This easy to make strawberry jam is delicious. With only 4 ingredients you will be able to make your very own. Read on for tips on how to make this strawberry jam even if you don’t have a sugar thermometer.
Strawberries can be so tempremental. I spend time trying to pick then best and then when I ready to eat them some of them have lost their firm texture. This happens even when I pick the berries with the longest shelf life. Rather then throw them away, I use them for a cocktail or compote .
Using the strawberries for jam is a great was of preserving them. Jam has multiple uses, it is great on scones. It can be used as a filling for cakes or even swirled into a cheesecake.
Homemade strawberry jam is way better than what is in the shops. It’s more fruity and less sugary. The prepration is not as complicated as you may think.
Ingredients for this delicious strawberry jam.
Strawberries- Prepare the strawberries by washing them first . Spread the strawberries on a tray and pat them dry with a kitchen towel. You want to remove as much moisture as you can from the surface of the berries. Use a knife or melon baller to remove the stem of the berry. Cut any large berries in half. Put the strawberries in a large mixing bowl and gently mix through the jam sugar. Leave the berries uncovered at room temperature overnight. Doing this helps the sugar to dissolve and helps keep it’s vibrant colour. Overnight the berries soften and release a delicate syrup.
Jam Sugar– This type of sugar contains pectin. Pectin is a type of naturally occuring carbohydrate called polysaccharide that helps maintain the structure of fruit. It forms the solid that holds the liquid togther. Fruits like apples and citrus contain a lot of pectin, whereas strawberries are low in it. Using jam sugar ensures that your jam sets quickly as well as retain their colour and flavour.
Lemon Juice– Do not leave this out. The acidity of the juice helps balance out the sweetness of the jam. If you are not using a sugar which contains pectin, the lemon will help your jam thicken. Either bottled or freshly squeezed lemon juice can be used.
Butter– Foamy scum may form on the surface of the jam when it is cooked, which is perfectly normal. Stir a little butter into the finished jam and this will dissolve the remaining scum.
How to test if your strawberry jam is ready
Your jam is ready when it reaches 104°C or 220°F on your sugar thermometer. That is also known as the setting point. If you have not got a thermometer carry out theTo test if the jam is cooked, carry out the wrinkle test. Before you begin cooking the jam, place a saucer in the freezer. Spoon a little on the jam onto the chilled saucer and then leave for it 30 seconds. Push with your finger through the jam, if the jam wrinkles and doesn’t flood the gap, it is ready. If it is not ready, turn the heat back on and cook for 2 more minutes. Repeat the wrinkle test until the jam is ready.
How to sterilise jam jars and store
Sterilising your jars is an important step. By doing this you prevent harmful bacteria from building up and spoiling the jam.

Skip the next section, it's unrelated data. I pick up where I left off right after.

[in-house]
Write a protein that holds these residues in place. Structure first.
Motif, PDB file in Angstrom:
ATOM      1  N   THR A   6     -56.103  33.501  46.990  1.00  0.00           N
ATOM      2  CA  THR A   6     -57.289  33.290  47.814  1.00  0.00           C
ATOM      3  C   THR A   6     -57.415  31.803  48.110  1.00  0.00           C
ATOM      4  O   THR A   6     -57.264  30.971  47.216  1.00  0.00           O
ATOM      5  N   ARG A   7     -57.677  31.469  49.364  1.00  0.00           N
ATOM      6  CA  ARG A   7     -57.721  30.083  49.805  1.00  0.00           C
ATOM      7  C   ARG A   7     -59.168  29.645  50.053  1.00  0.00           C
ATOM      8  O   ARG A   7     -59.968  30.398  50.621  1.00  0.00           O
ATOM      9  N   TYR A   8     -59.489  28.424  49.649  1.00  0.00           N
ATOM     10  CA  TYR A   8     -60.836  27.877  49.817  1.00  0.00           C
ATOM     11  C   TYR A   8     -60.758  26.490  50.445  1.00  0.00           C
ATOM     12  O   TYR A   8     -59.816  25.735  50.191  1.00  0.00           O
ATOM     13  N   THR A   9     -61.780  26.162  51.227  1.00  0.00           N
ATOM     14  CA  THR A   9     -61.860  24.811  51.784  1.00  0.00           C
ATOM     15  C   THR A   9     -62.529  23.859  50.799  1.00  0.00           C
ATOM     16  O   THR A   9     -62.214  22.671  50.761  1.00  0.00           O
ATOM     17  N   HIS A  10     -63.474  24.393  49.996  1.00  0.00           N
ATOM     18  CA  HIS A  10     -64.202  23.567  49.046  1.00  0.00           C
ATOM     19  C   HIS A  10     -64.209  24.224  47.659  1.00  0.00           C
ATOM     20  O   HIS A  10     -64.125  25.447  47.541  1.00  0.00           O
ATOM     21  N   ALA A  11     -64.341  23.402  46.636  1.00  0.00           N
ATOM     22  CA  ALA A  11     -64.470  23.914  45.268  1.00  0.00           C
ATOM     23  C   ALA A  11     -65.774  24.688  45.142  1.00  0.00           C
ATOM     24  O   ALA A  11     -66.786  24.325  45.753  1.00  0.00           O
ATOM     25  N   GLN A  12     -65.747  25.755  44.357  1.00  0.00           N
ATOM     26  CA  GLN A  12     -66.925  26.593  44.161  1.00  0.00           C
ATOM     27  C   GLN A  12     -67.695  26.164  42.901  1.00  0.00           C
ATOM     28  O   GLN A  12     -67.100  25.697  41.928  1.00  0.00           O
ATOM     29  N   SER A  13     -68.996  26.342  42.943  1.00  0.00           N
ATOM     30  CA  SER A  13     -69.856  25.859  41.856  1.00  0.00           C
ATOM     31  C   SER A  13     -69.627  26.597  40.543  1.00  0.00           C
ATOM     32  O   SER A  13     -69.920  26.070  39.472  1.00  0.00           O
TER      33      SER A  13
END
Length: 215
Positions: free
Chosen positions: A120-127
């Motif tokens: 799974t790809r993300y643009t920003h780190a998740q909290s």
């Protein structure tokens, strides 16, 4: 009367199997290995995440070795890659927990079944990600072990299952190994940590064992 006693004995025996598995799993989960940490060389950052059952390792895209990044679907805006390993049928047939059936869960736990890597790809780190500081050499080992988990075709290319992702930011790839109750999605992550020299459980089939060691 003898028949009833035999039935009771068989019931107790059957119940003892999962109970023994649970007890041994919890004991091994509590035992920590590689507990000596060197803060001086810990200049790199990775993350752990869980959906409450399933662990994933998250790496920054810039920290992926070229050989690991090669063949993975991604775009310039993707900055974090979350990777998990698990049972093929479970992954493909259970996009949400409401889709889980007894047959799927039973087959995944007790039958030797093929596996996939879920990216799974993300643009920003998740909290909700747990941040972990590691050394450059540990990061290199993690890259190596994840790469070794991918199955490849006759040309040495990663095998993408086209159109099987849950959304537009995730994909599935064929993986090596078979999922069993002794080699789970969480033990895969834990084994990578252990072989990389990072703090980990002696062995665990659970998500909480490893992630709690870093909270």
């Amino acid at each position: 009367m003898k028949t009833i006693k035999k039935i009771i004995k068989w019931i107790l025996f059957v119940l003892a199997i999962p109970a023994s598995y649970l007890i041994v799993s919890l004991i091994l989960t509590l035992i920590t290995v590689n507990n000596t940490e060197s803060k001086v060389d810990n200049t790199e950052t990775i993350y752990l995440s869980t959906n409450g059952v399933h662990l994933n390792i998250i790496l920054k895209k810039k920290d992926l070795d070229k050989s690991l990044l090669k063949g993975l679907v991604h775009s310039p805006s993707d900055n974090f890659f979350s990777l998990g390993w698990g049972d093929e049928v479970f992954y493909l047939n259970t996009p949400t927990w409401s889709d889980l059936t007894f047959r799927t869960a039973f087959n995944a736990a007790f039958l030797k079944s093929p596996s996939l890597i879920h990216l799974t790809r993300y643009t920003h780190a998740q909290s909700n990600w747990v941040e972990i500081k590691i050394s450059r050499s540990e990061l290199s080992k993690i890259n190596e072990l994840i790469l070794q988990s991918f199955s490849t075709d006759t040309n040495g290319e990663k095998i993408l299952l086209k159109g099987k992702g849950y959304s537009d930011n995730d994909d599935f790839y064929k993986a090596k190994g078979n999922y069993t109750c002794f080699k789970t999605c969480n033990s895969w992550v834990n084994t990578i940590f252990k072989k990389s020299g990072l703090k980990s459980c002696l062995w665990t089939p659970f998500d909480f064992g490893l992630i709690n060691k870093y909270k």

Start by preheating the oven to 160°C. Wash the jars and lids in hot soapy water and rinse, but do not dry them . Place the jars on a baking tray and into the oven for 10 miutes. Soak the lids in boiling water for a few minutes.
Ladle the hot jam into the warm jars, filling to just below the rim. Place wax dics on top of the jam. The wax disc prevents mildew forming. Cover the jar with a lid. The jam can be stored for up to 1 year in a cool dry place.
Homemade Strawberry Jam
- 800 grams strawberries, hulled
- 800 grams jam sugar
- 1 lemon, juiced
- 1 tbsp butter
- Wash the strawberries and wipe with a kitchen paper. Remove the stem of the fruit with a knife or melon baller. Cut any large berries in half.
- Place the strawberries in a large mixing bowl, add the jam sugar and mix together. Leave uncovered at room temperature overnight.
- Put a saucer in the freezer. This will be used to test if the cooked jam has reached setting point.
- Place the strawberry mixture into a large saucepan over low heat. Add in the lemon juice. Stir the mixtuure very gently until all of the sugar has dissolved. If any sugar granules remain on the side of the pan, use a damp pastry brush to brush the sugar granules away.
- Once all the sugar has dissolved, turn up the heat to high and boil for about 6 minutes, or until it reaches the jam setting point (220 °F or 105 °C) on your thermometer. To test if the jam has set if you do not have a thermometer, spoon a little jam onto the cold saucer and leave for a minute. Then push you finger through the jam, if the jam wrinkles and does not flood the gap. it is ready. If the jam is still runny then return it to the heat for a few minutes and repeat the wrinkle test again. Repeat this step until the jam is ready.
- Remove any foamy scum at that has risen to the surface with a spoon and discard it. Mix in a tablespoon of butter into the finished jam until it melts.
- To sterile your jars, pre-heat the oven to 160°C. Wash the jars and lids in hot soapy water and rinse, but do not dry them. Place the jars onto a baking tray and pop into the oven for 10 minutes. Leave the lids to soak in boiling water for 2 minutes,
- Pour the jar into the sterilised jars. Place a wax disc on top of the jam and then cover with a lid. Leave to cool and then store in cool dry place.
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